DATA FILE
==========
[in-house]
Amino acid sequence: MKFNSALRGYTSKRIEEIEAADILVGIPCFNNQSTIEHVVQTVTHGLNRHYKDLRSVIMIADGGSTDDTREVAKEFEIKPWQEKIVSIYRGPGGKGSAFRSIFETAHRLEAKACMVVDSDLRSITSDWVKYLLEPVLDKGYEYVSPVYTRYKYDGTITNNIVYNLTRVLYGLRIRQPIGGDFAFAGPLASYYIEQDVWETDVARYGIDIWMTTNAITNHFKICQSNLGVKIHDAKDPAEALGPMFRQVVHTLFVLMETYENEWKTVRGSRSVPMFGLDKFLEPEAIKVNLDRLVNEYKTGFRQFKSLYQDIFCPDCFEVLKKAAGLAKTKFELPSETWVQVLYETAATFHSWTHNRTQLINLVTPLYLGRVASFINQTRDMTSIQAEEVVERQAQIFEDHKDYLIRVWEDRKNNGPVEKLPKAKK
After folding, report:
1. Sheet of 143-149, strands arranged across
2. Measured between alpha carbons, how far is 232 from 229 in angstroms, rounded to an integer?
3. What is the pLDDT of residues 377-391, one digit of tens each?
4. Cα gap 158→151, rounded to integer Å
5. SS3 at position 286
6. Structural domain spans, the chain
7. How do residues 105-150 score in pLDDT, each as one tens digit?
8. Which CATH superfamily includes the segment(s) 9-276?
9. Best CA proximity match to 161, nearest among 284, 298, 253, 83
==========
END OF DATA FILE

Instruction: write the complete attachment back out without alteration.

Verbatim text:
[in-house]
Amino acid sequence: MKFNSALRGYTSKRIEEIEAADILVGIPCFNNQSTIEHVVQTVTHGLNRHYKDLRSVIMIADGGSTDDTREVAKEFEIKPWQEKIVSIYRGPGGKGSAFRSIFETAHRLEAKACMVVDSDLRSITSDWVKYLLEPVLDKGYEYVSPVYTRYKYDGTITNNIVYNLTRVLYGLRIRQPIGGDFAFAGPLASYYIEQDVWETDVARYGIDIWMTTNAITNHFKICQSNLGVKIHDAKDPAEALGPMFRQVVHTLFVLMETYENEWKTVRGSRSVPMFGLDKFLEPEAIKVNLDRLVNEYKTGFRQFKSLYQDIFCPDCFEVLKKAAGLAKTKFELPSETWVQVLYETAATFHSWTHNRTQLINLVTPLYLGRVASFINQTRDMTSIQAEEVVERQAQIFEDHKDYLIRVWEDRKNNGPVEKLPKAKK
After folding, report:
1. Sheet of 143-149, strands arranged across
2. Measured between alpha carbons, how far is 232 from 229 in angstroms, rounded to an integer?
3. What is the pLDDT of residues 377-391, one digit of tens each?
4. Cα gap 158→151, rounded to integer Å
5. SS3 at position 286
6. Structural domain spans, the chain
7. How do residues 105-150 score in pLDDT, each as one tens digit?
8. Which CATH superfamily includes the segment(s) 9-276?
9. Best CA proximity match to 161, nearest among 284, 298, 253, 83